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Your lawn mower has more in common with a race car than you might think. To stay in top working order, both require that their hardworking parts be properly maintained on a regular basis. Just as Nascar drivers pull over for pit stops midcompetition, homeowners should take time for some lawn mower maintenance at least once during the season. If neglected, your mower might not make it to summer’s end. By following these simple tune-up tips, you can go a long way toward ensuring that your mower not only continues to function at peak level, but also remains a reliable performer for many summers to come.
1. CLEAN SLATE
First things first: Mower maintenance must include a thorough cleaning. Spray down the plainly visible portions of your mower, but also, and more important, be sure to clean the underside of the deck. This is where the most dirt and grass clippings accumulate. Traditionally, cleaning the underside of a lawn mower always begins with the hassle of tipping the machine over onto its side—no easy feat, considering average equipment size and weight. Today, it’s all a lot easier—a lot less messy too—if you employ the HYDE PivotPro Outdoor Cleaning Water Wand. Named for its patented pivoting nozzle, this powerhouse cleaning tool attaches directly to your garden hose and sprays water at any angle along a radius of 135 degrees. Simply tilt up the mower, prop up its wheels, and slip the PivotPro nozzle underneath. Then, by adjusting the grip on the barrel of the PivotPro, aim the spray upward to blast crud off the mower blade and deck housing.
Has it been a while since you last cleaned your mower? If so, don’t hesitate to bring soap into the equation. Choose a mild detergent, and pour it right into the PivotPro mixing reservoir. Next, after setting your desired soap-to-water ratio, point the PivotPro and toggle the trigger to send a steady, soap-infused stream of cleansing water wherever you want it to go. For maximum cleaning power, scrub the mower at the same time as you’re spraying it down. PivotPro comes with a stiff-bristle brush that swings into action when you need it and out of the way when you don’t. For all its attachments, perhaps the best part about PivotPro is that, thanks to its 46-inch length and adjustable spray angle, you can easily get to all those hard-to-reach areas, attacking grit and grime from every side, all without having to bend, stretch, or stoop. For that reason and many more, cleaning the mower—and countless outdoor surfaces—couldn’t be easier, thanks to PivotPro.
Note: Before you begin cleaning your mower, cover up the air intake to keep it dry. Also, try to avoid spraying directly into any parts of the engine that are enclosed with steel mesh.
2. TOP UP
It would be overkill to check the oil level every time you mow the lawn, but when you’re tuning up the mower, it’s a good idea to top off the fill tube. Be careful not to add too much, though; excess oil can cause many of the same engine problems that too little oil does. If you’ve been operating the mower over rough and dusty terrain, be aware that such conditions sometimes degrade oil. Before adding any oil, therefore, it’s smart to inspect the color of the existing oil. If it’s dark, that means the oil has degraded and needs to be changed out. Different mower models drain oil in different ways; check your manual for specific instructions.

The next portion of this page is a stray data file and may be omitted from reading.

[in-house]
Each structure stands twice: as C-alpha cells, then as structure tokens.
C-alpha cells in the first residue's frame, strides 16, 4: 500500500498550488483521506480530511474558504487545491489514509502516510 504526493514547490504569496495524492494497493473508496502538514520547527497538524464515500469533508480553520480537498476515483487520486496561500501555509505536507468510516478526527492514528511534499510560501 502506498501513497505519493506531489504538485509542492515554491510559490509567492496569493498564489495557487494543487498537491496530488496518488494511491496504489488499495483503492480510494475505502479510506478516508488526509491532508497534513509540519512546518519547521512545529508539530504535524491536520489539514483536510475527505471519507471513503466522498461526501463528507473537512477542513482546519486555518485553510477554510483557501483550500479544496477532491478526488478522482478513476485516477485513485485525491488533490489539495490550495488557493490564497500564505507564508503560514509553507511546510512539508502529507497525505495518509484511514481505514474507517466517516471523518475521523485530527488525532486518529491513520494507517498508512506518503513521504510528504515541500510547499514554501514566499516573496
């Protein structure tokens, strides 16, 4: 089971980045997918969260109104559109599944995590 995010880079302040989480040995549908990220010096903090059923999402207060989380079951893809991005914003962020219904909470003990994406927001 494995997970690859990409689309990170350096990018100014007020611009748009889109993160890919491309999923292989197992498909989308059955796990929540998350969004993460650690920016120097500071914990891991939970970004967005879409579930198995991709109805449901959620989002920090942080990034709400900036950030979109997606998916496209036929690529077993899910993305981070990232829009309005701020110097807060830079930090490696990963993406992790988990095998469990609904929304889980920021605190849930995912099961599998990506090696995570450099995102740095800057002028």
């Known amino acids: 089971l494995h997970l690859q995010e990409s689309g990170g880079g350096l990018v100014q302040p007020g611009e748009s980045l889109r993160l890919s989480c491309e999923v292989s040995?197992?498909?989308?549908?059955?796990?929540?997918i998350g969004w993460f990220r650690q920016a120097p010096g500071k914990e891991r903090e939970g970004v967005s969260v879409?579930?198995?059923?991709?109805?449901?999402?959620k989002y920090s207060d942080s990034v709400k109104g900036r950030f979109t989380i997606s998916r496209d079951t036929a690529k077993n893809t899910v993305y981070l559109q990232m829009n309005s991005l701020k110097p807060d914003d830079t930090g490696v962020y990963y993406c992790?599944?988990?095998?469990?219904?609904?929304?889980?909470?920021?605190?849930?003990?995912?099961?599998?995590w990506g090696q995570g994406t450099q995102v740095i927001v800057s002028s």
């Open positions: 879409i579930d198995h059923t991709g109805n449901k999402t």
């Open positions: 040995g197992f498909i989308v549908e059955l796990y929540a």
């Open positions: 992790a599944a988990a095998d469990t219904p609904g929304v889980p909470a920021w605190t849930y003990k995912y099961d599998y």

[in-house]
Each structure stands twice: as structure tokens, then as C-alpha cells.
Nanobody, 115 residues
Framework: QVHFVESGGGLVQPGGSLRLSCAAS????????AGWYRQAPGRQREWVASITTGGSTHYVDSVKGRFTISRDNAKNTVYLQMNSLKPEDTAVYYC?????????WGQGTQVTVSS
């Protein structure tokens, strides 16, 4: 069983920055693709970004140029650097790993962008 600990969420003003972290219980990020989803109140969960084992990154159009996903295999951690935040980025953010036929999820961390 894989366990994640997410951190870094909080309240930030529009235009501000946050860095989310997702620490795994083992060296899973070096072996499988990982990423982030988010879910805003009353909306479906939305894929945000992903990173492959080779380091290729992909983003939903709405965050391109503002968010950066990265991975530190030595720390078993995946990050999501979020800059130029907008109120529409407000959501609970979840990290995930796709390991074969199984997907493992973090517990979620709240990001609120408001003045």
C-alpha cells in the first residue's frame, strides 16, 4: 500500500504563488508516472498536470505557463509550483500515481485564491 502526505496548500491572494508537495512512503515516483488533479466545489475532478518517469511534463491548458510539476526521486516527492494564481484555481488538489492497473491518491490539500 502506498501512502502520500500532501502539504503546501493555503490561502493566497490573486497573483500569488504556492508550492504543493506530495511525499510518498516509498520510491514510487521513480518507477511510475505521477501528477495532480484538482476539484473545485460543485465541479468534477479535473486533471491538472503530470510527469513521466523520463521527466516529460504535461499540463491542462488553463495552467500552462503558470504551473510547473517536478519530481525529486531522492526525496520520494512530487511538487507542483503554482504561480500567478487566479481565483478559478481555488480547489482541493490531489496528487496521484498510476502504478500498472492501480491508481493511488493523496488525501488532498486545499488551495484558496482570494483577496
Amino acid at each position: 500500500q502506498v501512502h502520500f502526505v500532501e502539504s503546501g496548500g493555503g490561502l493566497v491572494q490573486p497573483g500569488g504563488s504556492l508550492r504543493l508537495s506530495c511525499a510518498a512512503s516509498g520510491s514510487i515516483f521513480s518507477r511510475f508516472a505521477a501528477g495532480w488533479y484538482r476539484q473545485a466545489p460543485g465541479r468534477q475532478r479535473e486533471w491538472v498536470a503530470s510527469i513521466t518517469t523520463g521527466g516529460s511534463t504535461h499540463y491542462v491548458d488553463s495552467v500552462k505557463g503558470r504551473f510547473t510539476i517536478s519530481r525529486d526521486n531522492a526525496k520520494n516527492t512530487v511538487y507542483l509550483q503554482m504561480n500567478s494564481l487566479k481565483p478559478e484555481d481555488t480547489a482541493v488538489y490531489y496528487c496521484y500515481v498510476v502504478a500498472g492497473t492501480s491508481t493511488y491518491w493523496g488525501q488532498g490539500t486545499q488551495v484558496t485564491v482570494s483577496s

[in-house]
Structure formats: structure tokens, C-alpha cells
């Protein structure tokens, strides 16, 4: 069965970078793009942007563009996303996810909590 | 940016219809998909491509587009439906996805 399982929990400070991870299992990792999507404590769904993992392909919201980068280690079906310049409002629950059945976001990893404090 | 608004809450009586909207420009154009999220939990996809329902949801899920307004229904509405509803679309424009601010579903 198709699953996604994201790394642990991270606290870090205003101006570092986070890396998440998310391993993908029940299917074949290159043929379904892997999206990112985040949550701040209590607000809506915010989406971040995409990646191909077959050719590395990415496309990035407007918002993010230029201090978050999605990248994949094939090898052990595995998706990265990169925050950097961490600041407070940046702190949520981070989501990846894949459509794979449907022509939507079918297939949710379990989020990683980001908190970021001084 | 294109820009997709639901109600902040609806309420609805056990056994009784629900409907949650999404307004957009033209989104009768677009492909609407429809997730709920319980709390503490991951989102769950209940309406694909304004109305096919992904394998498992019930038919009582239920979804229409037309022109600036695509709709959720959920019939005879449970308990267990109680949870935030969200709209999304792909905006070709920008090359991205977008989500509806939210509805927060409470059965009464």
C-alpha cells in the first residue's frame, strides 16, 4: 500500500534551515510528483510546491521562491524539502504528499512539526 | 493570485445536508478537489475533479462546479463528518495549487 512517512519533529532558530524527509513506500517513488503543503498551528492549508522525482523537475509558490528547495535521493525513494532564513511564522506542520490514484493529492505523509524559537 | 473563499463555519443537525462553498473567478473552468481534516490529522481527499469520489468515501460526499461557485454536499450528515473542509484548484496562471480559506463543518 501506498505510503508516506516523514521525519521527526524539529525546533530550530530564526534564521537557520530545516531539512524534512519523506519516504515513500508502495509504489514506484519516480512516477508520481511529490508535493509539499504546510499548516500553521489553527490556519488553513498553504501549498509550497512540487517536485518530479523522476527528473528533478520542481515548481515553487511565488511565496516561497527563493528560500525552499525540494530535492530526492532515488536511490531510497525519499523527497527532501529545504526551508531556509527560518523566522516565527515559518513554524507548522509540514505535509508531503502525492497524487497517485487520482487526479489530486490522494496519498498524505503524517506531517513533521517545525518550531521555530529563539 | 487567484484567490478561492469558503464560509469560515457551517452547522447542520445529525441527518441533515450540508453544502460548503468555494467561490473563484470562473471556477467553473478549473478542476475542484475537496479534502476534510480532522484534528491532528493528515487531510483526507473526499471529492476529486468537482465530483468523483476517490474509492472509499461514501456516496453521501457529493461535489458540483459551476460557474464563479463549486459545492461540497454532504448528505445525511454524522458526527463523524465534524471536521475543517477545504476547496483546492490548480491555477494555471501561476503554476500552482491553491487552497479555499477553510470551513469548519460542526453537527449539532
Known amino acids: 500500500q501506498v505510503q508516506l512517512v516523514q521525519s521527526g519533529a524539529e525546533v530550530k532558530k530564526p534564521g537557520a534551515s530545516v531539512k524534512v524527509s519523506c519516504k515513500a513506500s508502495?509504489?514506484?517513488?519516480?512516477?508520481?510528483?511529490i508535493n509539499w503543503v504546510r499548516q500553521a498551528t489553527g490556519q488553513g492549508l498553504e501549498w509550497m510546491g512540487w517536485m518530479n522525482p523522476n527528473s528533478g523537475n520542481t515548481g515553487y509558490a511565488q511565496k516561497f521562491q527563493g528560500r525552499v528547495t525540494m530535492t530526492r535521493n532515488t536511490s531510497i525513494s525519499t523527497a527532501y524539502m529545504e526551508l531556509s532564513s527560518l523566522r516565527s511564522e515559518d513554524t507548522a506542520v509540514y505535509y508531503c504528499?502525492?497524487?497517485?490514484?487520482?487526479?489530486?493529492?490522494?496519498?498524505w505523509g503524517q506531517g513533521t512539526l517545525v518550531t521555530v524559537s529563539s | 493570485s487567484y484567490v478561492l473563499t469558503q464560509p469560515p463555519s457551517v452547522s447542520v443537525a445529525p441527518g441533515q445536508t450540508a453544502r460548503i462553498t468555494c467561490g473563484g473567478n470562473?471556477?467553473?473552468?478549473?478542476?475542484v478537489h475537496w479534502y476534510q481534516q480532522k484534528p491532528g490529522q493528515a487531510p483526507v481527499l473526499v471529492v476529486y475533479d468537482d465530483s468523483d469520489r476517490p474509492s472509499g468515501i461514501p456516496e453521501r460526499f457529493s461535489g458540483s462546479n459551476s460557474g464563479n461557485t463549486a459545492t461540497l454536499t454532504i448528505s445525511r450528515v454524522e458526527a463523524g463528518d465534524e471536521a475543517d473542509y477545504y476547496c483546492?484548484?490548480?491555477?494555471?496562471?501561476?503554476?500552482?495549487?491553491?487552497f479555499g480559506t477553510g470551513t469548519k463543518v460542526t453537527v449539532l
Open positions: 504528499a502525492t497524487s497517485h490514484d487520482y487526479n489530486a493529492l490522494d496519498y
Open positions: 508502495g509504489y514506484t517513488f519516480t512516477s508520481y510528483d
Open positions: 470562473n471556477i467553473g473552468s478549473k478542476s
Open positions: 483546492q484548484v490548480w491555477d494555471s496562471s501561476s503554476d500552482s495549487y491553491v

3. FRESH AIR
Lawn mowers live not only on gasoline, but also on air. Therefore, it’s critical to address any clogs in the air filter. Left unchecked, a clogged air filter can kill a perfectly good engine. Fortunately, most air filters are easy to clear out. You can usually restore a paper filter to like-new condition by means of an air hose. Own a mower with a foam filter? Simply wash it under soapy water, then allow it to dry out completely. No matter what type of filter you’re dealing with, if you find that it’s damaged beyond repair, you can always purchase and install a new one. Just bring your old filter with you to the home center so you know what type to get.
4. PLUG IN
In the absence of a functional spark plug, the fuel you’re adding to your lawn mower might as well be pure water. So, as a general rule of thumb, whenever you change the oil, you should also change the spark plug. To do so, remove the wire attached to the existing spark plug, then use pliers or a wrench to remove the plug by turning it counterclockwise. Once it’s free, check the threaded part of the plug for grease or oil; if you see any, something may be amiss. Be smart and take your mower to a repair shop that specializes in small engine repair. Otherwise, swap in a new plug, aiming for a snug fit but making sure not to overtighten the component.
5. BE SHARP
Mower blades take a serious beating from common, often hidden, landscape hazards like loose rocks and exposed roots. Unless you go out of your way to look at it, you probably wouldn’t notice a dull blade, but you can plainly see its effects. That’s because, rather than cleanly trim, a dull blade rips and shreds grass blades. This isn’t merely a problem of aesthetics—grass cut by a dull blade can be unusually susceptible to disease and pest problems. To protect the health of your lawn, have a local service shop sharpen your blade. Alternatively, tackle the job yourself: Remove the blade, clamp it in a vise, and repeatedly run a metal file along the edge.
If you keep your mower in top condition this summer, you’ll be able to spend more time enjoying your weekends and less time struggling with your lawn equipment. Take good care of your mower, and you can expect the machine to reward your efforts with peak performance and a longer lifespan.
This post has been brought to you by Hyde Tools. Its facts and opinions are those of BobVila.com.